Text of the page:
The Jeep Wrangler JL has been around for a couple years now, but 2020 brings quite a few additions to the lineup. Today, there are no less than twelve different Wrangler trims, including eight limited editions, with more on the way very soon. Even if you’re a Wrangler fanatic, the choices can be a little confusing, so let’s clear everything up in this ultimate expert buyer’s guide.
In this video, we’re going to go over the basics of the 2020 Jeep Wrangler lineup, highlight what’s new for this model year, and go over the details for each of the trims and special editions. And trust me, there’s a lot to cover.
The core trims
Starting with the basics, the 2020 Jeep Wrangler is still available in its four core models: The Sport, Sport S, Sahara and Rubicon. You can get the Wrangler in two-door or four-door versions with the exception of the Sahara, and all Wranglers come with some variant of selectable four-wheel drive. If you have a family or need a more practical daily driver, then the four-door is clearly the Wrangler to get. But, if you want something with a shorter wheelbase, something that’s a bit cheaper or just like the two-door for its looks, then that’s still an option for you on most models, including some of the special editions.
Pricing for the 2020 Jeep Wrangler starts at $29,790 for the base two-door Sport, and that includes Jeep’s $1,495 destination fee. From there, the Sport S starts at $32,990 and the two-door Rubicon starts at $40,120.
Moving up to the four-door Unlimited models, the Sport starts at $33,290, the Sport S starts at $36,490, the four-door only Sahara starts at $40,140, and the four-door Rubicon starts at $43,620.
The 2020 Jeep Wrangler lineup brings the two familiar gas engines forward, but also a new option for this generation. The 3.6-liter Pentastar V-6 engine remains, with 285 horsepower and 260 lb-ft of torque. If you want a six-speed manual transmission, this is your only engine choice with the 2020 Jeep Wrangler. Upgrade to the other two main engine options, and you’ll be forced to go with FCA’s eight-speed automatic transmission instead. The automatic is a $2,750 upgrade on the Sport and Rubicon, and it’s $2,000 on the Sahara.
Then there’s the 2.0-liter turbocharged inline-four. This gasoline engine also carries over for 2020, with 270 horsepower and 295 lb-ft of torque. For 2020, the engine is a no-cost upgrade over the Pentastar V-6, but it does require the eight-speed automatic transmission. It’s only a $1,500 upgrade here over upgrading the V-6 to an automatic, so in come cases the smaller, more efficient engine actually comes out a bit less expensive.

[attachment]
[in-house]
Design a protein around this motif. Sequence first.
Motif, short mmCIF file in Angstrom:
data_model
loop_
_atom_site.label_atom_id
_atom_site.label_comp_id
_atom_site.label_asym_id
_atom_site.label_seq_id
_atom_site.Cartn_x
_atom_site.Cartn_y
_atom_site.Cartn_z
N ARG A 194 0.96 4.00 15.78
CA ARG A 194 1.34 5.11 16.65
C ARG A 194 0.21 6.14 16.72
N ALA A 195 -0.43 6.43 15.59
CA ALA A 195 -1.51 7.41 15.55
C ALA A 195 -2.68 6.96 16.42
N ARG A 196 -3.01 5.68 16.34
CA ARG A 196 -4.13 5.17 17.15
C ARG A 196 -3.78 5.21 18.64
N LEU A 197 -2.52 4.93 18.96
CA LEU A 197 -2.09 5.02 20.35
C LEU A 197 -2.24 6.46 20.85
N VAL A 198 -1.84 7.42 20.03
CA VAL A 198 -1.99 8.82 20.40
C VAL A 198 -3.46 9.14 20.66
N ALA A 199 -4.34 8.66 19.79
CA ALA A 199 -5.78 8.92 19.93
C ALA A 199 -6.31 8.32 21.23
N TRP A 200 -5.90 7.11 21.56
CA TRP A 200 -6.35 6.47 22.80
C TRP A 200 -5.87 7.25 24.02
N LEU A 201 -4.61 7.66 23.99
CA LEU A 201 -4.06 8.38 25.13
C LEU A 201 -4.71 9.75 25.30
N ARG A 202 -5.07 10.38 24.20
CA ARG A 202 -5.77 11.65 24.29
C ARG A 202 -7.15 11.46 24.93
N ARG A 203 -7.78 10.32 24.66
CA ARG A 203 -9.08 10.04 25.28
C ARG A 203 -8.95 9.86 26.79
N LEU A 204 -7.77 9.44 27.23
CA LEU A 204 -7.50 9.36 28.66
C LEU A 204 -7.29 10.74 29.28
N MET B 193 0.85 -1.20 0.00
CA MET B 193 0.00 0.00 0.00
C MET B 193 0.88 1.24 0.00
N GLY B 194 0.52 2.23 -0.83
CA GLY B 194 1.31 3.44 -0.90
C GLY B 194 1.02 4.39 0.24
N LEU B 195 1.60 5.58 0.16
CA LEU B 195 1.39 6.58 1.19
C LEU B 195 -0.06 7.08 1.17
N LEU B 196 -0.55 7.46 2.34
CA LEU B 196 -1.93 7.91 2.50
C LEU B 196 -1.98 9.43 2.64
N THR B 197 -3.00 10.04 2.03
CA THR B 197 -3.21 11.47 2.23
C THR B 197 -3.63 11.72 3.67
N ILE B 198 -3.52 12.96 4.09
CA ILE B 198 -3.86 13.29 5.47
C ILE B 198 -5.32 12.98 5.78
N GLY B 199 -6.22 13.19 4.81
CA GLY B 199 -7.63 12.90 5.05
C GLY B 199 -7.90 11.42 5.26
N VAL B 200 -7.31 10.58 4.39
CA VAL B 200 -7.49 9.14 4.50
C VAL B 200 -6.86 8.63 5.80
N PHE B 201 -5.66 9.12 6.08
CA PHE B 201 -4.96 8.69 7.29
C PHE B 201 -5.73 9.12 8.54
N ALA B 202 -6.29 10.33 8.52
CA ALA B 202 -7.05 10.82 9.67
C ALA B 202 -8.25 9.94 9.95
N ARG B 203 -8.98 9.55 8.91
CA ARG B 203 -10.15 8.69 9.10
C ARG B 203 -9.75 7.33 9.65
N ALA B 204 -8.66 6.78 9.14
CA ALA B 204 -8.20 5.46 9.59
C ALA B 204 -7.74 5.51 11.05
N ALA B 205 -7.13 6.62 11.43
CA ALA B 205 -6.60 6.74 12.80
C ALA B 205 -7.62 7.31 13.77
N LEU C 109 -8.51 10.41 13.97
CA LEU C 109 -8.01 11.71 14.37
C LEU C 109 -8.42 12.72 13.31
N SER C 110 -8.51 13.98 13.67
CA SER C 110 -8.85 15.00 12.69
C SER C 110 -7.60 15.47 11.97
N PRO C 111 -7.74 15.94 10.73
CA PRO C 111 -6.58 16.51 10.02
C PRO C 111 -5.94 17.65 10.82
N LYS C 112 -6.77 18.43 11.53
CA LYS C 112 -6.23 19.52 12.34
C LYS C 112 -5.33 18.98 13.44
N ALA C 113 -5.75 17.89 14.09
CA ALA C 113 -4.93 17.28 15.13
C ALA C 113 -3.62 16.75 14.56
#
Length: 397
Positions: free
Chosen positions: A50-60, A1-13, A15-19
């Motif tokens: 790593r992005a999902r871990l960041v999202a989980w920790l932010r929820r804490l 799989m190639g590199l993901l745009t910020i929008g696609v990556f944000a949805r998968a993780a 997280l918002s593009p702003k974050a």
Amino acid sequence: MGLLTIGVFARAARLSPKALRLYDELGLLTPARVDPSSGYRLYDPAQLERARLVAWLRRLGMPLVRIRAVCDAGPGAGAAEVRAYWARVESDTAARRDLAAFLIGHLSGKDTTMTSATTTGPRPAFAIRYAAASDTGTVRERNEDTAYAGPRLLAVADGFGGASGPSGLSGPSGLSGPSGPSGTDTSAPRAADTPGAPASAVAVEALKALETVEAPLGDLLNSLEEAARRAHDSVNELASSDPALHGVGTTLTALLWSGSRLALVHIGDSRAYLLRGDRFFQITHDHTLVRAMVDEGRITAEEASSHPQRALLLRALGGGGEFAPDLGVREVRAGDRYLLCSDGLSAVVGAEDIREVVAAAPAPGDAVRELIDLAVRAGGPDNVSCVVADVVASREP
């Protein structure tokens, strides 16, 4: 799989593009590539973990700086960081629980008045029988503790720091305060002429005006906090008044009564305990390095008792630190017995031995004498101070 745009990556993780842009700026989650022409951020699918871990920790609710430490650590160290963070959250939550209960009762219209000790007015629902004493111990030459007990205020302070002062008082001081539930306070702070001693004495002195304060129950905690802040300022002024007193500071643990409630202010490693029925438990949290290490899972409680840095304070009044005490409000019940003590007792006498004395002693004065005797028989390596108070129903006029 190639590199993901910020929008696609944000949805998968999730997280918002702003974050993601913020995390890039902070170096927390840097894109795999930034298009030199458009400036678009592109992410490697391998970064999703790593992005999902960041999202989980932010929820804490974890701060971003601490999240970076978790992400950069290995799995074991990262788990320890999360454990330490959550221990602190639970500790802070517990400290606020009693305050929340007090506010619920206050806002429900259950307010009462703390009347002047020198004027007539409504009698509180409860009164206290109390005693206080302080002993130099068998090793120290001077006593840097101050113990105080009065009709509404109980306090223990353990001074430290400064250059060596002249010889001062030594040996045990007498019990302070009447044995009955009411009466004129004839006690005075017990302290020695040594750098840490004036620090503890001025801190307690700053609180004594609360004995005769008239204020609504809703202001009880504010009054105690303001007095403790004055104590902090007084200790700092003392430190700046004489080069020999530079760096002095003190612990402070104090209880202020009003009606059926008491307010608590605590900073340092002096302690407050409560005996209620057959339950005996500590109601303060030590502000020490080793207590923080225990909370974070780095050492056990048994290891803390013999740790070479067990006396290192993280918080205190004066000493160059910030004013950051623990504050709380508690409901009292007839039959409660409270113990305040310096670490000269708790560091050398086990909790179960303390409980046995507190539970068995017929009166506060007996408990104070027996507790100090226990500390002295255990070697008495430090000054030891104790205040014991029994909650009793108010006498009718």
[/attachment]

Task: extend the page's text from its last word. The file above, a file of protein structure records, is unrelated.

Finally, you can get a 3.0-liter turbocharged EcoDiesel V-6 on most Wrangler Unlimited models. It’s by far the priciest engine option in the lineup. Over the base V-6, you pay an extra $4,000 for the engine and $2,000 for the eight-speed automatic upgrade. While it’s the most expensive, the engine also has the most torque. On top of its 260 horsepower output, you also get 442 lb-ft of torque, making the EcoDiesel Wrangler a serious option for those who want to fit larger wheels, tires and other upgrades.
Beyond the four core models, there’s also the special editions to consider. They’re all based around one of the main trims. So if you buy a Willys Sport, for instance, you’ll get equipment and engine options based around the Sport trim. The Rubicon Recon has equipment from the top-dog Rubicon, with a few aesthetic touches to make it more unique. Various trims also include bespoke touches to the exterior and interior, as well as some package options from the standard models.
Pricing breaks down as follows:
|Special Edition||2-door MSRP||4-door MSRP|
|Black & Tan||$34,685||$38,185|
|Sport Altitude||— (4-door only)||$38,185|
|Sahara Altitude||— (4-door only)||$43,435|
|North Edition||— (4-door only)||$45,960|
Check out the video above for more information on the 2020 Jeep Wrangler, including packages and options to buy and avoid. Stay tuned to TFLcar.com for more Wrangler news, views and real-world reviews!